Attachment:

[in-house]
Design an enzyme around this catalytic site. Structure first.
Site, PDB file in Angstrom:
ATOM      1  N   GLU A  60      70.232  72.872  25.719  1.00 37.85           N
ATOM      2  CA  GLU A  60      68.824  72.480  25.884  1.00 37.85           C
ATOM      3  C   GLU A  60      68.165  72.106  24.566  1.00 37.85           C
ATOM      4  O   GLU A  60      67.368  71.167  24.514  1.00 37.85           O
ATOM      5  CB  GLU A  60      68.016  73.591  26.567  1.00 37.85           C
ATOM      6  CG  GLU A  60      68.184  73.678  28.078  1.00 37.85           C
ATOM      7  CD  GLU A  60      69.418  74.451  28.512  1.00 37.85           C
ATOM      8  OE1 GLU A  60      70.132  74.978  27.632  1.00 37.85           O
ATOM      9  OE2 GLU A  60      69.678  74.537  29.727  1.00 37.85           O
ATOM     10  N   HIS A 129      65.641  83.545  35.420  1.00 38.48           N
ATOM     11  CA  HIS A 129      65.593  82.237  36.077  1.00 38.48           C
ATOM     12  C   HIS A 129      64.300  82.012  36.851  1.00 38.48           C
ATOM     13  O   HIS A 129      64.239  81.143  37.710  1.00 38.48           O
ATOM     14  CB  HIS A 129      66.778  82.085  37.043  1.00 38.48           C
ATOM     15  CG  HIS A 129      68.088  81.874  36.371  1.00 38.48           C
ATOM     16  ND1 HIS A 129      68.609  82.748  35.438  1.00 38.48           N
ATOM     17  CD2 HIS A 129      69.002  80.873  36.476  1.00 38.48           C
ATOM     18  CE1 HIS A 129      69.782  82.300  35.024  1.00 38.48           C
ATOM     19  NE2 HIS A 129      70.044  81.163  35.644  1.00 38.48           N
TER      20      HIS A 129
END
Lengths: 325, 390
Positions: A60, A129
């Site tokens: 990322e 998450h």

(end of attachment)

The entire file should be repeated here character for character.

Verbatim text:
[in-house]
Design an enzyme around this catalytic site. Structure first.
Site, PDB file in Angstrom:
ATOM      1  N   GLU A  60      70.232  72.872  25.719  1.00 37.85           N
ATOM      2  CA  GLU A  60      68.824  72.480  25.884  1.00 37.85           C
ATOM      3  C   GLU A  60      68.165  72.106  24.566  1.00 37.85           C
ATOM      4  O   GLU A  60      67.368  71.167  24.514  1.00 37.85           O
ATOM      5  CB  GLU A  60      68.016  73.591  26.567  1.00 37.85           C
ATOM      6  CG  GLU A  60      68.184  73.678  28.078  1.00 37.85           C
ATOM      7  CD  GLU A  60      69.418  74.451  28.512  1.00 37.85           C
ATOM      8  OE1 GLU A  60      70.132  74.978  27.632  1.00 37.85           O
ATOM      9  OE2 GLU A  60      69.678  74.537  29.727  1.00 37.85           O
ATOM     10  N   HIS A 129      65.641  83.545  35.420  1.00 38.48           N
ATOM     11  CA  HIS A 129      65.593  82.237  36.077  1.00 38.48           C
ATOM     12  C   HIS A 129      64.300  82.012  36.851  1.00 38.48           C
ATOM     13  O   HIS A 129      64.239  81.143  37.710  1.00 38.48           O
ATOM     14  CB  HIS A 129      66.778  82.085  37.043  1.00 38.48           C
ATOM     15  CG  HIS A 129      68.088  81.874  36.371  1.00 38.48           C
ATOM     16  ND1 HIS A 129      68.609  82.748  35.438  1.00 38.48           N
ATOM     17  CD2 HIS A 129      69.002  80.873  36.476  1.00 38.48           C
ATOM     18  CE1 HIS A 129      69.782  82.300  35.024  1.00 38.48           C
ATOM     19  NE2 HIS A 129      70.044  81.163  35.644  1.00 38.48           N
TER      20      HIS A 129
END
Lengths: 325, 390
Positions: A60, A129
């Site tokens: 990322e 998450h």